The headband-style SleepPhones come in different sizes and fabrics, and you can stream any audio to them wirelessly via Bluetooth. But they cost more than many similarly styled competitors.
If you like to listen to music, watch video, or use a meditation app to help you drift off to sleep, the AcousticSheep SleepPhones Wireless set delivers the most reliable experience available. They’re the only headband-style sleep headphones we’ve found that offer headbands in different sizes and fabrics, so there’s a better chance they’ll fit you comfortably. The flat, felt-covered speakers aren’t painful to lie on, and they produce better bass than the cheap alternatives do. You can stream audio wirelessly from any Bluetooth source (be it a smartphone, tablet, or TV), and the 12 hours of battery life should be enough for a full night’s rest. The Bluetooth module and speaker drivers are easier to remove than the pieces in competing models, which makes washing the headband less arduous. However, the headband-style design could interfere with hair bonnets, dental headgear, or nighttime skin treatments, and folks hoping to block external noise—such as the loud snoring of a partner—may find that the cloth isn’t isolating enough. Plus, the $100 price tag may seem steep for headphones that you use only in bed.
These pricey earbuds mask loud noises and aren’t painful to lie on like standard wireless earbuds can be, but they limit you to playing the sounds and music provided in the Bose Sleep app.
If you’re trying to rest next to a loudly snoring partner, night-owl neighbors, or a construction zone, consider the Bose Sleepbuds II earbuds, which were the only sleep headphones we tested that effectively masked noise. These high-tech earplugs don’t offer the active noise cancellation found in many Bose headphones (like our top over-ear pick in our guide to the best noise-cancelling headphones), but they do a solid job of reducing the impact of the sounds around you. The earbuds’ isolating design creates a physical barrier against the din, and you can mask it further by playing white noise or other sounds. To keep the earbuds as small as possible (so they’re comfortable for side-sleepers), Bose had to remove the wireless streaming capabilities. This means you must preload all the listening content onto the earbuds, and unfortunately you’re limited to the library of sounds and music provided in the Bose Sleep app. The Sleepbuds II set includes an alarm and call-alert option, but no awareness mode—so you may not hear crying babies, barking dogs, or home-security alerts. The pair’s 10 hours of battery life is adequate, but folks who like to sleep in may long for more listening time. If you’re desperate to rest in a distracting environment, the Bose Sleepbuds II pair is the best option available—but for many people, the $250 price tag is simply too steep.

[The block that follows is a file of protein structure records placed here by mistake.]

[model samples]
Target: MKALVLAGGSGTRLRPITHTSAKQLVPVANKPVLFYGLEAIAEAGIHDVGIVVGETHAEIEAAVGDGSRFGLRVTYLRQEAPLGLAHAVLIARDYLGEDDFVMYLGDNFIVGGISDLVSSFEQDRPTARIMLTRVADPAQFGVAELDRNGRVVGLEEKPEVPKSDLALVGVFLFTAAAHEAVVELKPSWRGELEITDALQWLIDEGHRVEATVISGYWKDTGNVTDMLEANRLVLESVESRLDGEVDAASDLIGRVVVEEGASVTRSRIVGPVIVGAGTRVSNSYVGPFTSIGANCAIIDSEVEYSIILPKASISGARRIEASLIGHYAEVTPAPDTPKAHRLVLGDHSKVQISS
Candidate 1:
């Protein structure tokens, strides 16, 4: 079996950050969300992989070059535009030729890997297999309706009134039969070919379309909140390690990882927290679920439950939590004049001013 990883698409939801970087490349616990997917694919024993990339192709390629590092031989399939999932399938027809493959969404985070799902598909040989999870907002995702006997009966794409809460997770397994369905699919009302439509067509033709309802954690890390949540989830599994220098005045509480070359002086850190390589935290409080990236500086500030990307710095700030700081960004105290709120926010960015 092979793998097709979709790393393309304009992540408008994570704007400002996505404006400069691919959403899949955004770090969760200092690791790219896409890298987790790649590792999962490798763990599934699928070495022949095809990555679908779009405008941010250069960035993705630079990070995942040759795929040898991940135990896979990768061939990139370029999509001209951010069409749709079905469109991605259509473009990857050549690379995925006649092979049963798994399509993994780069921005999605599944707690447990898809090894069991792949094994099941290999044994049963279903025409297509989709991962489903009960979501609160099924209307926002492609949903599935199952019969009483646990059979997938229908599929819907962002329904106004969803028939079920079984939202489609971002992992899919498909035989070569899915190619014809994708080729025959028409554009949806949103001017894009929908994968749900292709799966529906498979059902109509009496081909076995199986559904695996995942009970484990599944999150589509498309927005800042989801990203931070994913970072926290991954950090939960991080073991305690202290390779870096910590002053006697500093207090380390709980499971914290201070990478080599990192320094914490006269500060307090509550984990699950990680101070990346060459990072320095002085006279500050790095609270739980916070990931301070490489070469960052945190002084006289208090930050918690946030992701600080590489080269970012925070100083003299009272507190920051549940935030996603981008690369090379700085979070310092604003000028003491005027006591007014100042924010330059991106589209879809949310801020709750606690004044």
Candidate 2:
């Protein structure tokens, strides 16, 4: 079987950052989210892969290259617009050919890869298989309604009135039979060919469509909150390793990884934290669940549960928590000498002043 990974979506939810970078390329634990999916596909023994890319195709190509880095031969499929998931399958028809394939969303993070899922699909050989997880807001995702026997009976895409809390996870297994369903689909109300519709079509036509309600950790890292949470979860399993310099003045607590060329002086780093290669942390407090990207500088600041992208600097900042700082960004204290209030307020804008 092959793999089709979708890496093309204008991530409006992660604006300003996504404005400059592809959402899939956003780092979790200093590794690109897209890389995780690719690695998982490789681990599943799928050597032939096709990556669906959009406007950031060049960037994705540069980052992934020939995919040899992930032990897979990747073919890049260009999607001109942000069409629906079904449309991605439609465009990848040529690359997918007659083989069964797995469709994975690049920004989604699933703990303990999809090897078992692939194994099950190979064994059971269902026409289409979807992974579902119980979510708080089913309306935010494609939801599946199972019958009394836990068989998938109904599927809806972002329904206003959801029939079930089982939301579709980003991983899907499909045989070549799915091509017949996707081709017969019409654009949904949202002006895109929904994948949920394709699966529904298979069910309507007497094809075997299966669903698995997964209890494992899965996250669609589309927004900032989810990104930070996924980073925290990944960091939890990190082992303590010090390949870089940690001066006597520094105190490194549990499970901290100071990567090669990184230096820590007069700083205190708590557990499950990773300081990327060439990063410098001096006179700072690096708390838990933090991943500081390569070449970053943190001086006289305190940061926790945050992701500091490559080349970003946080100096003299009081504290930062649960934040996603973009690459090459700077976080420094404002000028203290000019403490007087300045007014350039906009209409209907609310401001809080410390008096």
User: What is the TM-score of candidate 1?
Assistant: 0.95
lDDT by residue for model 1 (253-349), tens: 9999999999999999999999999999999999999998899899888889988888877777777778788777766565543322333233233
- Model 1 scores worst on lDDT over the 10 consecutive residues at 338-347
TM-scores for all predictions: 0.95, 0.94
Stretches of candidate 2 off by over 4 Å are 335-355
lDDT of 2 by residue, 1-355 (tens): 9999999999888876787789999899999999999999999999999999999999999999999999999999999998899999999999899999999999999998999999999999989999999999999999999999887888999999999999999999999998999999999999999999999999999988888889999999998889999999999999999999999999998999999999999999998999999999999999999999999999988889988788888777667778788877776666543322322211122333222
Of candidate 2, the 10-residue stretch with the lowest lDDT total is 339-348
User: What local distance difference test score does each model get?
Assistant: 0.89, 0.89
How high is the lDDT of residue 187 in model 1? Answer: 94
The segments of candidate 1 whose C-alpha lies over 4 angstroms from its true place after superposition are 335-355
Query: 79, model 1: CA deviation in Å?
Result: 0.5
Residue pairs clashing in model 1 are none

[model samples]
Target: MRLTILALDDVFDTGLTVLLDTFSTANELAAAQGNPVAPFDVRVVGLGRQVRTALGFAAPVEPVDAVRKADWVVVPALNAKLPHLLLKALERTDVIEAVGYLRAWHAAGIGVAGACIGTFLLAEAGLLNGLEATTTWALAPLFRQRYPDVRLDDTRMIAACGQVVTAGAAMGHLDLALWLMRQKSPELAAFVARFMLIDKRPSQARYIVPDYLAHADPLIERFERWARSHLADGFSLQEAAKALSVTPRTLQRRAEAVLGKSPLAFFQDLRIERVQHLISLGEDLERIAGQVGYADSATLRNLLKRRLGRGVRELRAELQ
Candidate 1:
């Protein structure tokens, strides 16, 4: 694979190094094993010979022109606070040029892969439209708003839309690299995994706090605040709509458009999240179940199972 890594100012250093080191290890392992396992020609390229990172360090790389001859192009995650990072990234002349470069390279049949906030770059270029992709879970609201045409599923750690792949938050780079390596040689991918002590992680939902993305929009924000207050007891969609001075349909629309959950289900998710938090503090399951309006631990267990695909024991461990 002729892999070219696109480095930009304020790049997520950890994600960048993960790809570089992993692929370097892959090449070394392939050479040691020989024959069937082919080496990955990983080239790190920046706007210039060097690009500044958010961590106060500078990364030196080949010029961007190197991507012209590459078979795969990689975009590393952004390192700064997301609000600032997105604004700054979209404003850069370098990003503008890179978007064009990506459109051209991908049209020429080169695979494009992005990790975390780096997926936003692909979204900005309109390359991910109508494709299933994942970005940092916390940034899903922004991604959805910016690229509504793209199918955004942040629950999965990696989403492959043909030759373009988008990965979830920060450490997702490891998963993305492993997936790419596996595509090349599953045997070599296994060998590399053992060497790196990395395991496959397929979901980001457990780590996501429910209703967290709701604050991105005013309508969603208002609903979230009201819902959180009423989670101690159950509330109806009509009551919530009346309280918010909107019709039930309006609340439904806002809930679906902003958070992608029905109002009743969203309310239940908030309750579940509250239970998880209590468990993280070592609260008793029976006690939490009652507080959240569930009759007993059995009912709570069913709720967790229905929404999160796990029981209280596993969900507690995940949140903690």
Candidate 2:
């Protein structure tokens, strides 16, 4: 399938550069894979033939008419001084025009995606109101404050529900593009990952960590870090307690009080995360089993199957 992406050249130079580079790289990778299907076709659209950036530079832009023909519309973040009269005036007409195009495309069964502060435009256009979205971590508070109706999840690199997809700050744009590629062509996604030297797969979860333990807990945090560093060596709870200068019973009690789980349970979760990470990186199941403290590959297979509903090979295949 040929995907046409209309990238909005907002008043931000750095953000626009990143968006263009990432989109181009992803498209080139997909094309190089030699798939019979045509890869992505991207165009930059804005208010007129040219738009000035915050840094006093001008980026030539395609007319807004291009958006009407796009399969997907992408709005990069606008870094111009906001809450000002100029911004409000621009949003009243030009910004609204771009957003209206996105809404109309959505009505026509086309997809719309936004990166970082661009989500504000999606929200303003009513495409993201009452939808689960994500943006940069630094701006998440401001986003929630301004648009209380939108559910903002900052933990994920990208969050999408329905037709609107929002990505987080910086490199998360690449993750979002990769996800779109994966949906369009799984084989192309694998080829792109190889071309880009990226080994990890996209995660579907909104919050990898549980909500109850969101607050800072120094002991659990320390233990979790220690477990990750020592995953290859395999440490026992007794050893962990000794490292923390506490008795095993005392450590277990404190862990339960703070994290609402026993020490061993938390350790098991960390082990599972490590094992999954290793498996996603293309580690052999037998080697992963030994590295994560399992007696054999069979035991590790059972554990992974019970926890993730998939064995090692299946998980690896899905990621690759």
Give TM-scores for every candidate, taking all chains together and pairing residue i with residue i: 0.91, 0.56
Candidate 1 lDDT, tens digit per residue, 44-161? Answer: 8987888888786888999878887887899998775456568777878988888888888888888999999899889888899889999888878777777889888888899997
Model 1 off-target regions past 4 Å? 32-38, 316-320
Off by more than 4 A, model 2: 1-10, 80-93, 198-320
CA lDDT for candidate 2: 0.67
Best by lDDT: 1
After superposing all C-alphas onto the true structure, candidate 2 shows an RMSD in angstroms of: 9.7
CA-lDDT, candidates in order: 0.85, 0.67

This very inexpensive pair of headband-style sleep headphones is reasonably comfortable and can play any audio source streamed via Bluetooth, but it comes in only one size option and has no customer support or warranty.
If you are willing to take a bit of a gamble, the Moita Sleep Headphones are the best budget option we tested. This headband-style pair was the only under-$20 option that had reasonably comfortable speakers for side-sleepers to lie on. However, the one-size-fits-all headband is on the large side, the blue Bluetooth light is bright and blinks annoyingly in the dark, and the speakers’ bass response is lackluster. Perhaps most important, Moita seems to be a direct-to-Amazon seller, as we were unable to find any sort of company website or contact information. If your pair breaks outside of the Amazon return period, you may have no recourse, and we can’t guarantee that this design will remain consistent in the long term (plus, availability is spotty). But given the low price of the Moita Sleep Headphones, the risks might be worth taking if you need help falling asleep.
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